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When solving the Schrodinger equation for the hydrogen atom, the Coulomb potential $V = \frac{e^2}{4 \pi \epsilon_0 r}$ is used.

  1. The Coulomb potential comes from classical electrodynamics, so why do we use it when solving the non-relativistic hydrogen atom?

  2. Is the Coulomb potential also used to solve the hydrogen atom in relativistic quantum mechanics?

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  • $\begingroup$ As a side note, Maxwell's equations come from classical electrodynamics but are used in quantum electrody amics. $\endgroup$
    – jinawee
    Dec 9 '14 at 16:57
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You say:

The Coulomb potential comes from classical electrodynamics

but actually the Coulomb potential is predicted by quantum electrodynamics as a low energy limit. Quantum field theory describes the interactions between charged particles as the exchange of virtual particles, and it's not immediately obvious that it would lead to an inverse square law. However if you look at the scattering between e.g. two electrons and calculate the low energy limit you find the result is the Coulomb potential. You'll find the calculation in most QFT textbooks, though it's likely to be completely opaque to non-nerds.

So we expect the Coulomb potential to be an excellent approximation as long as the energies involved are low. As a rough guide we expect relativistic effects to become important when the energies are comparable to the rest mass of the charged particles, so for electrons we expect deviations from the Coulomb law at energies of around 1MeV. If you look at a hydrogen atom the lowest energy orbital is only 13.6eV or about a factor of 100,000 times less than the relativistic energy, and that's why we can use the Coulomb potential without worrying.

The very heaviest atoms, e.g. the actinides, have $1s$ electron energies greater than 0.1MeV, and for these atoms relativistic corrections are indeed significant. However they are still small enough that we start with a simple Coulombic description and then treat the relativistic effects as perturbations.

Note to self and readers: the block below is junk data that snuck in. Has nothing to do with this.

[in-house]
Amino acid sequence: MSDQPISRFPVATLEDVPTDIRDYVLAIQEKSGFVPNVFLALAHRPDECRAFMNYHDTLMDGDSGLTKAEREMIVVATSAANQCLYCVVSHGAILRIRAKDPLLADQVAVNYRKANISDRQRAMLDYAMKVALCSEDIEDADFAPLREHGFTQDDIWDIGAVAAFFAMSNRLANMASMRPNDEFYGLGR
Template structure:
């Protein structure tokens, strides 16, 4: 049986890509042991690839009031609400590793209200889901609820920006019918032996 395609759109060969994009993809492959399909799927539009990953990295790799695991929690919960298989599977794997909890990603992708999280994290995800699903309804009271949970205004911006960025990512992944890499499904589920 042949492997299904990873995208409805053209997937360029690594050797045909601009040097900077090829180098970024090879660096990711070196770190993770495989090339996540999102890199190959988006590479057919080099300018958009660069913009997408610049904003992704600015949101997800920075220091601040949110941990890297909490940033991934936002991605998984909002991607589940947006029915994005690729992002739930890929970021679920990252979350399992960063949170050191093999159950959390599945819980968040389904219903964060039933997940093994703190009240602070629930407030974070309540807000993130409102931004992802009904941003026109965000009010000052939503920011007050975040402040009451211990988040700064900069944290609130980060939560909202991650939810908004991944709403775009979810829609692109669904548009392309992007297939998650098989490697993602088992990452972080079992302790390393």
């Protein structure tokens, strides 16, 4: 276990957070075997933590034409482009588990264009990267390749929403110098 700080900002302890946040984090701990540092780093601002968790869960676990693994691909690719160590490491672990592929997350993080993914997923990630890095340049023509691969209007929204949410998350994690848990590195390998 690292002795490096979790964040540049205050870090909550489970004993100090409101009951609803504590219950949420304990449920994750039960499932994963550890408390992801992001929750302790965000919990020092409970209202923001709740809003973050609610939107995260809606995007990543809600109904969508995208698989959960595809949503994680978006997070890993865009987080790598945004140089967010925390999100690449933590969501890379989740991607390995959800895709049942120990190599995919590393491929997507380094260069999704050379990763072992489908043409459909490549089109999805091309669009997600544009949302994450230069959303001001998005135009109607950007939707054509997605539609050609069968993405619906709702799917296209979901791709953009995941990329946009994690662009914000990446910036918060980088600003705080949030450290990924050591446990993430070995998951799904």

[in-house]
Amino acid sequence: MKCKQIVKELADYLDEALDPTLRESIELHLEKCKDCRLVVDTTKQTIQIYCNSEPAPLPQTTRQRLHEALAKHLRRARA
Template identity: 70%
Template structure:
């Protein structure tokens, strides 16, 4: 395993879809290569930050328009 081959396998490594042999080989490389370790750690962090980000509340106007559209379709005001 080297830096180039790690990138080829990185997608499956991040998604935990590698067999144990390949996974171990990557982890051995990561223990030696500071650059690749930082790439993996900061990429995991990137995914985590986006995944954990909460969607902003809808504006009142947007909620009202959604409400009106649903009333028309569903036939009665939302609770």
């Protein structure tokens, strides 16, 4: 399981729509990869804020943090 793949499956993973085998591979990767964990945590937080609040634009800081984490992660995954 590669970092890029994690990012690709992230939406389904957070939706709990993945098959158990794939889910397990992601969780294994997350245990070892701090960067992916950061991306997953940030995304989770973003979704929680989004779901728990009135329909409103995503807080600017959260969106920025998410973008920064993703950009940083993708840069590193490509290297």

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    $\begingroup$ It's unsurprising that the Coulomb potential falls out of quantum electrodynamics in the low energy limit. But quantum electrodynamics came after non-relativistic quantum mechanics a la Schrodinger (wave mechanics) and Heisenberg (matrix mechanics). So why was the Coulomb potential used by Schrodinger when the justification for using the Coulomb potential in the low energy limit came later? Was Schrodinger just doing the best he could with what was known at the time? $\endgroup$
    – Cody
    Dec 9 '14 at 21:37
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    $\begingroup$ At the time the nature of the Coulomb force wasn't understood. Maxwell had given a description of it, but not a fundamental mechanism. There was no reason to suppose it wasn't universal. $\endgroup$ Dec 10 '14 at 7:01
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Is the Coulomb potential also used to solve the hydrogen atom in relativistic quantum mechanics?

Yes, the Coulomb potential is there in the solution of the hydrogen atom with the Dirac equation, which is formulated in the relativistic framework.

Now it is time to specialize to the hydrogen atom for which

$$\frac{V}{\hbar c}=-\frac{Z\alpha}{r}$$

(more than halfway down the article.)

The Coulomb potential is an experimental fact. That it is successful in describing atomic physics interactions shows that it is still an experimental fact.

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No, it is an approach called semiclassical quantum Mechanics. They mix the Schrödinger equation in which quantum particles interact with the classical potentials, to see what the calculations does. And it happens that it gives good results. So even if flawed, it is still predictive enough to be considered good. For instance, it predicts the fine structure of hydrogen!

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